I just got back from a Bible study brunch with fourteen lovely "girls” my age, each of whom had contributed something to the potluck menu. Halfway through the meal, almost as if on cue, someone requested the recipe for whatever dish she thought was so terrific. And so it began.
First we all oohed and ahhed in agreement that the [fill in the blank] really was the best [fill in the blank] we'd ever had, so we asked whoever brought the [fill in the blank] to please make copies of the recipe for all of us! Then somebody else complimented a second item, which led us to repeat the whole "ooh/ahh/make-us-all-a-copy” sequence.
Truth be told, if everyone who was asked for a recipe actually followed through and provided copies, we'd have a sizeable enough collection to publish our own cookbook! And this was just one get-together! Multiply that exact same scenario by three, which is how many times we have brunch every year, times the number of years our group has been meeting, and we could amass enough recipes to fill a wing of the New York Public Library!
Fortunately for all of us, nobody ever gets around to making a single copy. In fact, by the time the brunch is over we can't even remember what we made ourselves, much less what somebody else brought.
Meanwhile though, as we were sitting around the table this week, collectively gushing over Melanie's sticky buns and Carole's garlic cheese grits (did I mention that these gatherings are notorious for derailing diets?) not surprisingly our conversation worked its way around from recipes in general to secret recipes, and our various encounters with them.
Of course we're all familiar with Mrs. Field's cookie recipe, and how it came to be so widely available. (Supposedly a customer asked for the recipe and was told the price would be two-fifty. She interpreted that to be $2.50, but the actual amount billed to her credit card was $250! Outraged, she vowed to "get even” by making the recipe available to anyone, free of charge.) This same tale is also attributed to the Neiman Marcus cookie, and a similar version of the story even goes as far back as 1947 – only in this case it was a Red Velvet Fudge Cake from the Waldorf Astoria Hotel with an outrageous asking price of $25! All of these legends have been debunked, but remarkably they still live on.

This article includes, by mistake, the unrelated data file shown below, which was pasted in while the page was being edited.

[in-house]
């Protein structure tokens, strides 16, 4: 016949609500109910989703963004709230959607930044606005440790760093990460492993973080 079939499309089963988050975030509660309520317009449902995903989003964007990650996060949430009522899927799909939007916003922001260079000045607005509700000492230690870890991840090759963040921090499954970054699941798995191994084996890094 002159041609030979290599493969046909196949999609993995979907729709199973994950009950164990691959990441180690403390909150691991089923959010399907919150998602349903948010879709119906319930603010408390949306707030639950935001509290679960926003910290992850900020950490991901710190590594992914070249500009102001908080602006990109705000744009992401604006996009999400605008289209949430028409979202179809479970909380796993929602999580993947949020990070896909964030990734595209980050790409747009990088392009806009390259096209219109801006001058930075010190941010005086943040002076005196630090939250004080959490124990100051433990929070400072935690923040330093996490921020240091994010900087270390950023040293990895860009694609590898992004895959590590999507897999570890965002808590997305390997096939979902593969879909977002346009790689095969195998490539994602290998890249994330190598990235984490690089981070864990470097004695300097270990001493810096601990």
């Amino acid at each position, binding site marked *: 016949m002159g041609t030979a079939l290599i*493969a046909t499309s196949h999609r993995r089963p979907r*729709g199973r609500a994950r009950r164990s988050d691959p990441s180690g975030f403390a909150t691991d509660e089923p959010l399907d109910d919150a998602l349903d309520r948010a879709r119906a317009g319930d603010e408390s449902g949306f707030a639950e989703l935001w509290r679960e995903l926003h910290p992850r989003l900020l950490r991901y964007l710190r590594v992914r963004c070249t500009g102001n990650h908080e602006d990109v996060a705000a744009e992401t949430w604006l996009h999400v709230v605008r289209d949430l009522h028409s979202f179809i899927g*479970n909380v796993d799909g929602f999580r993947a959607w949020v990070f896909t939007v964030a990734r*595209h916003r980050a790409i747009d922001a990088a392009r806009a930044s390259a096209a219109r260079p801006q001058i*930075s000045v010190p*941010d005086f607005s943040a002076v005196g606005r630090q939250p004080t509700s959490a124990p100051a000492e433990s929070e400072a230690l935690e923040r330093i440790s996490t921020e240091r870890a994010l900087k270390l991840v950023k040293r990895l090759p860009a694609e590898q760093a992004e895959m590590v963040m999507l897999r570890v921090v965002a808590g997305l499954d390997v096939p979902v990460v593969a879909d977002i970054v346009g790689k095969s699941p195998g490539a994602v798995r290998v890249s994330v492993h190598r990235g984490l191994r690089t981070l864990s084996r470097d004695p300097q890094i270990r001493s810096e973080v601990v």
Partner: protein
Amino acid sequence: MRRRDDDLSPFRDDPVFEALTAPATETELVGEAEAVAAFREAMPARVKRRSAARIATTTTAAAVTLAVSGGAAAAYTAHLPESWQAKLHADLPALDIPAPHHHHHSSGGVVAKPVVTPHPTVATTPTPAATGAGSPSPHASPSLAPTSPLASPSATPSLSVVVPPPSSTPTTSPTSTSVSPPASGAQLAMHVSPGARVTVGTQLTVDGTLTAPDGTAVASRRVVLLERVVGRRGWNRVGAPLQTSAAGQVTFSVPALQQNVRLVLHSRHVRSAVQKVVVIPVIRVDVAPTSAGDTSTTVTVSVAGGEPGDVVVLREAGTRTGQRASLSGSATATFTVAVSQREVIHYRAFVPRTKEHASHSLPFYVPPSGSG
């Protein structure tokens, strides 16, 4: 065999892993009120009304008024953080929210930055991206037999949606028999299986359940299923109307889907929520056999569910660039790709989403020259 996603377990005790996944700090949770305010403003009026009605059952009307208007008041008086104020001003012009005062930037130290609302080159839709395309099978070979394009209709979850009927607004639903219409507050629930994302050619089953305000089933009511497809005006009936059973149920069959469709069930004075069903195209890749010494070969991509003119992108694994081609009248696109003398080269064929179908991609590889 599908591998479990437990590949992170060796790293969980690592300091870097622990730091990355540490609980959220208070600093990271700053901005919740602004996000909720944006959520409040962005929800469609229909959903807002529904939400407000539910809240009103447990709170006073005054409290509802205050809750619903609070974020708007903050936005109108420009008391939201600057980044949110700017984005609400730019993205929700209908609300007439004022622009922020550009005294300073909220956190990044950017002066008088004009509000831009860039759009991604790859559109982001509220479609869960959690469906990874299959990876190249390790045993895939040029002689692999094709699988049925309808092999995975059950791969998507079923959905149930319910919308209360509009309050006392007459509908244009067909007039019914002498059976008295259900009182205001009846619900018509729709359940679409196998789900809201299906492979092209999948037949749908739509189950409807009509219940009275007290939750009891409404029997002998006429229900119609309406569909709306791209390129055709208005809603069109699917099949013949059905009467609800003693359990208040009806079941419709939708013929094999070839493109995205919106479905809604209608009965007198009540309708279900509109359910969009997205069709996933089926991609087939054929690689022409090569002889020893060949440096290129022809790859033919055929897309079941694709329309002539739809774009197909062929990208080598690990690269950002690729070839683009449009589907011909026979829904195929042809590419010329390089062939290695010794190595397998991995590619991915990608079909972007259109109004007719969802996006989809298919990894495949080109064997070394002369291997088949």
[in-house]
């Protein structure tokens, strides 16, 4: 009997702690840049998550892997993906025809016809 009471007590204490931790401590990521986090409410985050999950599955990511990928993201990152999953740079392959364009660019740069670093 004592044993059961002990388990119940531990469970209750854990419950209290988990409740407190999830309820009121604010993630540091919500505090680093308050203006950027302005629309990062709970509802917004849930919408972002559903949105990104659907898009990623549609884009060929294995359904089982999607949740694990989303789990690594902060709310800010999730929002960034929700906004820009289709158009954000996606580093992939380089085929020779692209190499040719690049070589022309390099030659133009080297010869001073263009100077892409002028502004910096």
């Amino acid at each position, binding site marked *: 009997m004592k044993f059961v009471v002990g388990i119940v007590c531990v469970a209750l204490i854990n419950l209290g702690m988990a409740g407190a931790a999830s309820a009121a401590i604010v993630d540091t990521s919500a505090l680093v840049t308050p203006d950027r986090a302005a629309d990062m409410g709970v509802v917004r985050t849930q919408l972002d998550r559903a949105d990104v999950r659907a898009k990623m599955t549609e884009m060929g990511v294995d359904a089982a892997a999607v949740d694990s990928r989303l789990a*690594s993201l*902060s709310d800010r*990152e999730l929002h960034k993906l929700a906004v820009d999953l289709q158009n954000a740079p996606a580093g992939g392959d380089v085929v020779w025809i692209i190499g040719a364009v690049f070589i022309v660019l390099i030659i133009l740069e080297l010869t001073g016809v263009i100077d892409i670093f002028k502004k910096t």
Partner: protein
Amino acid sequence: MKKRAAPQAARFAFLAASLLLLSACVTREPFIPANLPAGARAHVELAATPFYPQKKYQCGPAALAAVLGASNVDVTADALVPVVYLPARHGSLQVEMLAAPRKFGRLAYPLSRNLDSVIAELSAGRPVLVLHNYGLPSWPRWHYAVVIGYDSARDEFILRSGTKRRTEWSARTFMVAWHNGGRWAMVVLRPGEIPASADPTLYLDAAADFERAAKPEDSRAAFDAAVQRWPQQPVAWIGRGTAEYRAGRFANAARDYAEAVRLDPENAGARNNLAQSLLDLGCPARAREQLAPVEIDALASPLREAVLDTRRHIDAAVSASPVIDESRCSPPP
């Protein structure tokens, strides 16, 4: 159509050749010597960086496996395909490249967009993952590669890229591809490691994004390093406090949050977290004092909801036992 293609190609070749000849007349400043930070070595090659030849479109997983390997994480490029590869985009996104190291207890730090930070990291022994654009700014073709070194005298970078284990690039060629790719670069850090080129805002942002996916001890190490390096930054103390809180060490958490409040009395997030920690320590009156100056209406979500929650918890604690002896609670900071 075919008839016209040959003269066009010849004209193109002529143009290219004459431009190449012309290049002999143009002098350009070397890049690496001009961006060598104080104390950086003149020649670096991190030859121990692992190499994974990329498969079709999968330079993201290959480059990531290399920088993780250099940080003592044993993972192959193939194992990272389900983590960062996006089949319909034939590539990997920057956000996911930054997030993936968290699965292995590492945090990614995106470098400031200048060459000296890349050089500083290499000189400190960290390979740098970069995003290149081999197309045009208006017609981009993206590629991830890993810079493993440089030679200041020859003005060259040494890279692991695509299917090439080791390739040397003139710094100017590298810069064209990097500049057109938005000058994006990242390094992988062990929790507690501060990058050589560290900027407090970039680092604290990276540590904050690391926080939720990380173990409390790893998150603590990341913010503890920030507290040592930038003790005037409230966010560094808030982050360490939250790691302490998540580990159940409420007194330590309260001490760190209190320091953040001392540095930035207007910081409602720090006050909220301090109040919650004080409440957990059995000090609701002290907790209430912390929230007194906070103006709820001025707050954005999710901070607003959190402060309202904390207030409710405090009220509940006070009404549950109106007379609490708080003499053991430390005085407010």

The experiences revealed in our group discussion, however, were anything but myth. One girl, for instance, said that in the small town where she grew up, the pastor's wife refused to give anyone her recipe for baked ham, and it turns out that the reason for all the secrecy was that she added (gasp!) a cup of rum to the glaze! That was thirty years ago and apparently the scandal still hasn't died down!
I personally know of one woman who baked these incredibly moist, scrumptious wedding cakes for almost every bride in town, and even though everyone was clamoring for the recipe, she kept it to herself. It was such a safely guarded secret, in fact, that on the day of her funeral a family friend was stationed in her kitchen for the express purpose of keeping "wandering mourners” from rifling through her famous file box – not that it mattered. Turns out, the recipe wasn't in there anyway. (Please don't ask me to reveal how I know that.)
A couple of the girls in our group said they'd heard of women who would share a recipe, but only after carefully omitting a key ingredient, or providing incorrect cooking instructions, in order to assure that nobody else's finished product would be quite as good. To us this tactic not only seemed a bit vicious, it can also backfire. I mean, think about it. If you realized you'd been deliberately sabotaged, wouldn't you be tempted to go ahead and take the awful, failed dish to your luncheon anyway, and make a point to let everybody know just exactly whose recipe it was? I sure would!
Why would a person be so possessive over a silly little thing like a recipe? It just didn't make sense to any of us.
So over dessert (and yes, you can serve dessert with brunch – or at least we do) we made a pact. From that point forward we vowed never to refuse a request for a recipe, even if it was one handed down from our great-great grandmother (or pilfered from the pastor's wife.) Of course, as usual we'll probably forget to follow through. Besides, it's not as if we're going to actually make any of those recipes anyway. After all, what makes a dish taste so wonderful is the fact that somebody else prepared it!